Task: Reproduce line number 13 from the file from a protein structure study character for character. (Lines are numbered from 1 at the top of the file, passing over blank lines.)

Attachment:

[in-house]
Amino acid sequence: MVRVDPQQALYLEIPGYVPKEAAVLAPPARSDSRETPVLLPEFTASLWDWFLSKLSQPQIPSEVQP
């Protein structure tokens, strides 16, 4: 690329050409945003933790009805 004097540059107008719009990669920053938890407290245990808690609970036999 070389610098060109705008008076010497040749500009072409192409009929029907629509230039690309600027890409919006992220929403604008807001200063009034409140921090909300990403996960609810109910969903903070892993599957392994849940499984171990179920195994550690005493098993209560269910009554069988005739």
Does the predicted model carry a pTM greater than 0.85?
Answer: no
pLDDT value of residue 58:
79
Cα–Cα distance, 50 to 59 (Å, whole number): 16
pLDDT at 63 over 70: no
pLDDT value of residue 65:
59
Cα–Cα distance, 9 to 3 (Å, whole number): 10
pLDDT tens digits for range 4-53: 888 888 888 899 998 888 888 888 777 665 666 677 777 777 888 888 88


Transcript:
pLDDT tens digits for range 4-53: 888 888 888 899 998 888 888 888 777 665 666 677 777 777 888 888 88